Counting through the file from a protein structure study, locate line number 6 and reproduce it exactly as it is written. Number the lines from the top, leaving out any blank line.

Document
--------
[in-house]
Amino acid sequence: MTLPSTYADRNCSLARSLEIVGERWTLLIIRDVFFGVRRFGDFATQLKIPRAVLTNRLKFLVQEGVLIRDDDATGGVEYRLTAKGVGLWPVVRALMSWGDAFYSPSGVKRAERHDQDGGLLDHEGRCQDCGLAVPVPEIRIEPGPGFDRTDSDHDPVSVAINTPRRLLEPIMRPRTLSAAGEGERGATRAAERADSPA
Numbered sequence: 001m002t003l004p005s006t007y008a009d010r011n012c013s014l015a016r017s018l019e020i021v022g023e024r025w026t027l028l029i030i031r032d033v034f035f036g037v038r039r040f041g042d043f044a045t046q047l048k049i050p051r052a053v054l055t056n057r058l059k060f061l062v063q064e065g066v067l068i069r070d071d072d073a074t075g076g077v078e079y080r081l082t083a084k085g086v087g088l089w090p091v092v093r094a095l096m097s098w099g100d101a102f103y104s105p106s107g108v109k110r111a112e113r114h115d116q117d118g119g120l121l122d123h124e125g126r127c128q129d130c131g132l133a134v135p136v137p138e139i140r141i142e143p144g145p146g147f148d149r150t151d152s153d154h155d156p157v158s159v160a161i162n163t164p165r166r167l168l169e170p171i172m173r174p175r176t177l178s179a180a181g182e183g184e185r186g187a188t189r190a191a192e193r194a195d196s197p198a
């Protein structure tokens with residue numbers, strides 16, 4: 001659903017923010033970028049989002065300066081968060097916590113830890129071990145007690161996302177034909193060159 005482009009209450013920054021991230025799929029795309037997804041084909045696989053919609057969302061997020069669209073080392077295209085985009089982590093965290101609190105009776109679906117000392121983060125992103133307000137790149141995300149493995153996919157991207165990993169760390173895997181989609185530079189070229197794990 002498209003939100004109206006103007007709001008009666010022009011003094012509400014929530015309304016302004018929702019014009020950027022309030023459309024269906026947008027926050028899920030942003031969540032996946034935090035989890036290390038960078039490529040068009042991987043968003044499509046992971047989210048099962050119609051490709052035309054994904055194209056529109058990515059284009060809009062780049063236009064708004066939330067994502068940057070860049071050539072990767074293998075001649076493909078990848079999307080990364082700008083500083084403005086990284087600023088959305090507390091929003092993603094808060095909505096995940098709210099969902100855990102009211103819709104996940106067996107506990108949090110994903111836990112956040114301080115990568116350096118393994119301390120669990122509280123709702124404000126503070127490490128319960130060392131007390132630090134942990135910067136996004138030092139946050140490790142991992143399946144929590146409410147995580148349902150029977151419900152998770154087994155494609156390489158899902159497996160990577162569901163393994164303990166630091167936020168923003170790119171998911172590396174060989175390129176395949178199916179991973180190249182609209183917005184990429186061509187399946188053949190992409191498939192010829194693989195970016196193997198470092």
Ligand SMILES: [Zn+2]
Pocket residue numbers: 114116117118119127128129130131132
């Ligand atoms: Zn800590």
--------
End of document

Pocket residue numbers: 114116117118119127128129130131132